After the 1940s, the Gothic style on campus began to give way to modern styles.[51] In 1955, Eero Saarinen was contracted to develop a second master plan, which led to the construction of buildings both north and south of the Midway, including the Laird Bell Law Quadrangle (a complex designed by Saarinen);[51] a series of arts buildings;[51] a building designed by Ludwig Mies van der Rohe for the university's School of Social Service Administration;,[51] a building which is to become the home of the Harris School of Public Policy Studies by Edward Durrell Stone, and the Regenstein Library, the largest building on campus, a brutalist structure designed by Walter Netsch of the Chicago firm Skidmore, Owings & Merrill.[55] Another master plan, designed in 1999 and updated in 2004,[56] produced the Gerald Ratner Athletics Center (2003),[56] the Max Palevsky Residential Commons (2001),[51] South Campus Residence Hall and dining commons (2009), a new children's hospital,[57] and other construction, expansions, and restorations.[58] In 2011, the university completed the glass dome-shaped Joe and Rika Mansueto Library, which provides a grand reading room for the university library and prevents the need for an off-campus book depository.

The site of Chicago Pile-1 is a National Historic Landmark and is marked by the Henry Moore sculpture Nuclear Energy.[59] Robie House, a Frank Lloyd Wright building acquired by the university in 1963, is also a National Historic Landmark,[60] as is room 405 of the George Herbert Jones Laboratory, where Glenn T. Seaborg and his team were the first to isolate plutonium.[61] Hitchcock Hall, an undergraduate dormitory, is on the National Register of Historic Places.[62]

Satellite campuses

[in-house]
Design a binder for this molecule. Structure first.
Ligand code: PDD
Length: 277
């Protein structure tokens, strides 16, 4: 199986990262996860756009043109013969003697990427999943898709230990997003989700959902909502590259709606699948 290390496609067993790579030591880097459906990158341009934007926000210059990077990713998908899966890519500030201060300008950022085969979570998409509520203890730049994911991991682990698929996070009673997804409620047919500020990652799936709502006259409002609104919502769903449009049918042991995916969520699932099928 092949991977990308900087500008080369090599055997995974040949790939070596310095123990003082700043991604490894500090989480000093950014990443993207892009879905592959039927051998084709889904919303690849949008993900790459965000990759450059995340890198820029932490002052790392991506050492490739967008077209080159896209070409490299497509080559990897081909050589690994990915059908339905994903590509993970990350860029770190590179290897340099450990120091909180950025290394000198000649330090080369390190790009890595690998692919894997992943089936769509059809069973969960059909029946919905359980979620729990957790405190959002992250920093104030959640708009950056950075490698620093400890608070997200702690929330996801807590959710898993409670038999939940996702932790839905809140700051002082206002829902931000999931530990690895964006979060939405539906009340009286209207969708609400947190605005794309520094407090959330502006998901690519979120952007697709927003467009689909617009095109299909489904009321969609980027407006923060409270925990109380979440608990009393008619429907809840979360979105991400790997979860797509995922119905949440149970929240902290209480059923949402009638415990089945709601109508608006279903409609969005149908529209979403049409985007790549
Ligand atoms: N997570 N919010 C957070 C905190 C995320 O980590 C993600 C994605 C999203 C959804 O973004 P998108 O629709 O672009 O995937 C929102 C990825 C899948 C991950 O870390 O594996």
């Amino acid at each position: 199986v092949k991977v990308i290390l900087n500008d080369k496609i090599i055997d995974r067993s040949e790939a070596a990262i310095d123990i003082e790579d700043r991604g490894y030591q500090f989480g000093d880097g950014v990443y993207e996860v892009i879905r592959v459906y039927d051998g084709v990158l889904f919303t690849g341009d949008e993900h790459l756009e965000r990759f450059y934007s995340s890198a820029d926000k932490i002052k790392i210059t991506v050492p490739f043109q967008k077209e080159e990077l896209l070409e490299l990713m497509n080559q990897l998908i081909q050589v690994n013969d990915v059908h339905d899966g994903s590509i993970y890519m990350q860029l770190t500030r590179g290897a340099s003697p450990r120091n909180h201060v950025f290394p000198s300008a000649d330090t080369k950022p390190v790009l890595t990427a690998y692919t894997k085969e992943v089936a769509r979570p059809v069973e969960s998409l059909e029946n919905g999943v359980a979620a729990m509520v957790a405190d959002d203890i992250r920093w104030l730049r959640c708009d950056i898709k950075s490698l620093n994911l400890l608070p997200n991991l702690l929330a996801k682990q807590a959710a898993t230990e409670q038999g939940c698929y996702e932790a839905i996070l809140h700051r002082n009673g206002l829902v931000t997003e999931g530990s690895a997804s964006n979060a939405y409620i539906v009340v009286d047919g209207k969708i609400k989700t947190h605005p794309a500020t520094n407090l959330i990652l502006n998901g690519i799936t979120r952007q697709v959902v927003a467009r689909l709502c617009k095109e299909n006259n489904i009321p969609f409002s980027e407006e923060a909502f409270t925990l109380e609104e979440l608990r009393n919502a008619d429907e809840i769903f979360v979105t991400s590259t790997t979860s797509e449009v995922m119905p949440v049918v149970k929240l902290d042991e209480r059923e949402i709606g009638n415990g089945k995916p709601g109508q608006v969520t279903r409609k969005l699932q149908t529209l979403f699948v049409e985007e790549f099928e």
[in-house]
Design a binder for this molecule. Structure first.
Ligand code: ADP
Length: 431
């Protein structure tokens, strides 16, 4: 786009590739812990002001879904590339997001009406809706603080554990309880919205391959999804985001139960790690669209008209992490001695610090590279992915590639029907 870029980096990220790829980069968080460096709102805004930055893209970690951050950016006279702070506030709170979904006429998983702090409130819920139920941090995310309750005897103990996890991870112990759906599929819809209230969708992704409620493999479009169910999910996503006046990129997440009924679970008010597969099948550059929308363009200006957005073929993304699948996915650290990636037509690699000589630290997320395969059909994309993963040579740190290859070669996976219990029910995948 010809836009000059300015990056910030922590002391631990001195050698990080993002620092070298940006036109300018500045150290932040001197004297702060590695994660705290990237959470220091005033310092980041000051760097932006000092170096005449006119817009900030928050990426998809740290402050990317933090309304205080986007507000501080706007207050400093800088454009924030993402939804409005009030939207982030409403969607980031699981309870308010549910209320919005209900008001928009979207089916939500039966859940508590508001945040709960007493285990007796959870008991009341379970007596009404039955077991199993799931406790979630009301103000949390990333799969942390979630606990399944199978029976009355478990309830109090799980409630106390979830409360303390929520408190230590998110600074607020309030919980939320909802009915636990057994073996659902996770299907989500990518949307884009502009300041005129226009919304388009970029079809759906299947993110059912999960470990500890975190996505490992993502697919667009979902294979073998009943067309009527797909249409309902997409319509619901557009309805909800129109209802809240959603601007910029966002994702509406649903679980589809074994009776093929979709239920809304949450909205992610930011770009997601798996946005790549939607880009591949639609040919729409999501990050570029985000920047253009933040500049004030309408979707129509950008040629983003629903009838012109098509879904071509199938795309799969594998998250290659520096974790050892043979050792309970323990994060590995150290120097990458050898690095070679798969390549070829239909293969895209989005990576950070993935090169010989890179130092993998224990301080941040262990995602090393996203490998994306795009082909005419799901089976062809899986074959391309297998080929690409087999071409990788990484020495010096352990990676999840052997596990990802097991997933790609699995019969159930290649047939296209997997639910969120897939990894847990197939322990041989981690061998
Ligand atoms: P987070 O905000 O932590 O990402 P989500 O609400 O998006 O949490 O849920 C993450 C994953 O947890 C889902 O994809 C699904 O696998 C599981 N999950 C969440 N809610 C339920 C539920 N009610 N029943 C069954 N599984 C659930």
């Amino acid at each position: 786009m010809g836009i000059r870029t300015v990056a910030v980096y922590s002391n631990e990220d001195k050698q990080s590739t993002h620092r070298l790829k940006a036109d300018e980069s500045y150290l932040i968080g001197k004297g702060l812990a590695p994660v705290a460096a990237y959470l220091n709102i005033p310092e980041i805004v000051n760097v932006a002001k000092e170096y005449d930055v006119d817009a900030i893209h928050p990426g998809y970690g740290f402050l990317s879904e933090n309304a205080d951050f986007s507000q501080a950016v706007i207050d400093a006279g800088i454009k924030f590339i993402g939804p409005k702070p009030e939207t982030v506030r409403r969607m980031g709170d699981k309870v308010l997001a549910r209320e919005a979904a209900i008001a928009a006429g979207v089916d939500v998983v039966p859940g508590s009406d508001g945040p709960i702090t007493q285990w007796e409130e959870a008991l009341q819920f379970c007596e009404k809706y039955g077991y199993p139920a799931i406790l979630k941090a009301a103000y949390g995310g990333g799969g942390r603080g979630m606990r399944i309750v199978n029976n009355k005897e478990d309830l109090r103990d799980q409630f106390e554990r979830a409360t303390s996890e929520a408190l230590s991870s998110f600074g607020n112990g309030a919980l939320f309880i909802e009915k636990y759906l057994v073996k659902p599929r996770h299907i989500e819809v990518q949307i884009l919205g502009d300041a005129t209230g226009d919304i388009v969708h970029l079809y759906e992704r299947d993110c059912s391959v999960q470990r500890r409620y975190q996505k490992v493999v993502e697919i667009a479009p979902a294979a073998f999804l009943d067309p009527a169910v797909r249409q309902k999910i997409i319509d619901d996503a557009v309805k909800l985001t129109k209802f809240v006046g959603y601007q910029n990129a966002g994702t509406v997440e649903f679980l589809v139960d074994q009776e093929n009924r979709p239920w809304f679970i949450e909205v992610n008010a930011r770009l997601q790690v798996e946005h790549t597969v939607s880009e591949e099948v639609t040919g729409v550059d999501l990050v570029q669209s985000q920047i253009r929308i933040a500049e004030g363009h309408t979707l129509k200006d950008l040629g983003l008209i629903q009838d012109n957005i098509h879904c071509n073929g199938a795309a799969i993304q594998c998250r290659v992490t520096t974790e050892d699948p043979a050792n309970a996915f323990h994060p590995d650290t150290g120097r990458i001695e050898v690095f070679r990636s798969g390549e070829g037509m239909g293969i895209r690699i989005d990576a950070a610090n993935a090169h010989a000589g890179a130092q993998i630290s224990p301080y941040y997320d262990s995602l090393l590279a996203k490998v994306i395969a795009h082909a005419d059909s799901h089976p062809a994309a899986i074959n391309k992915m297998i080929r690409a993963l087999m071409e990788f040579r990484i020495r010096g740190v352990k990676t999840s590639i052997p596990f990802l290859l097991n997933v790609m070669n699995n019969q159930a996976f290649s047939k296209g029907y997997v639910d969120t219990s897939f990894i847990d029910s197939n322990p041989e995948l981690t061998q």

The University of Chicago also maintains facilities apart from its main campus. The university's Booth School of Business maintains campuses in Singapore, London, and the downtown Streeterville neighborhood of Chicago. The Center in Paris, a campus located on the left bank of the Seine in Paris, hosts various undergraduate and graduate study programs.[65] In fall 2010, the University of Chicago also opened a center in Beijing, near Renmin University's campus in Haidian District. The most recent addition is a center in New Delhi, India, which opened in 2014.

Administration and finances

The University of Chicago is governed by a board of trustees. The Board of Trustees oversees the long-term development and plans of the university and manages fundraising efforts, and is composed of 50 members including the university President.[66] Directly beneath the President are the Provost, fourteen Vice Presidents (including the Chief Financial Officer, Chief Investment Officer, and Dean of Students of the university), the Directors of Argonne National Laboratory and Fermilab, the Secretary of the university, and the Student Ombudsperson.[67] As of August 2009, the Chairman of the Board of Trustees is Andrew Alper,[68] and the President of the university is Robert Zimmer. In December 2013 it was announced that the Director of Argonne National Laboratory, Eric Isaacs, would become Provost.

The university's endowment was the 12th largest among American educational institutions and state university systems in 2013[69] and as of 2012 was valued at $6.571 billion.[70]


University rankings
colspan=2 style="background-color: lavender; text-align: center" #REDIRECTmw:Help:Magic words#Other
This page is a soft redirect. National

#REDIRECTmw:Help:Magic words#Other
This page is a soft redirect.-


#REDIRECTmw:Help:Magic words#Other
This page is a soft redirect. 8 #REDIRECTmw:Help:Magic words#Other
This page is a soft redirect.-


#REDIRECTmw:Help:Magic words#Other
This page is a soft redirect. 24 #REDIRECTmw:Help:Magic words#Other
This page is a soft redirect.-

U.S. News & World Report[73]

#REDIRECTmw:Help:Magic words#Other
This page is a soft redirect. 4 #REDIRECTmw:Help:Magic words#Other
This page is a soft redirect.-

Washington Monthly[74]

#REDIRECTmw:Help:Magic words#Other
This page is a soft redirect. 53 #REDIRECTmw:Help:Magic words#Other
This page is a soft redirect.-

colspan=2 style="background-color: lavender; text-align: center" #REDIRECTmw:Help:Magic words#Other
This page is a soft redirect. Global

#REDIRECTmw:Help:Magic words#Other
This page is a soft redirect.-


#REDIRECTmw:Help:Magic words#Other
This page is a soft redirect. 9 #REDIRECTmw:Help:Magic words#Other
This page is a soft redirect.-


#REDIRECTmw:Help:Magic words#Other
This page is a soft redirect. 11 #REDIRECTmw:Help:Magic words#Other
This page is a soft redirect.-


#REDIRECTmw:Help:Magic words#Other
This page is a soft redirect. 11 #REDIRECTmw:Help:Magic words#Other
This page is a soft redirect.-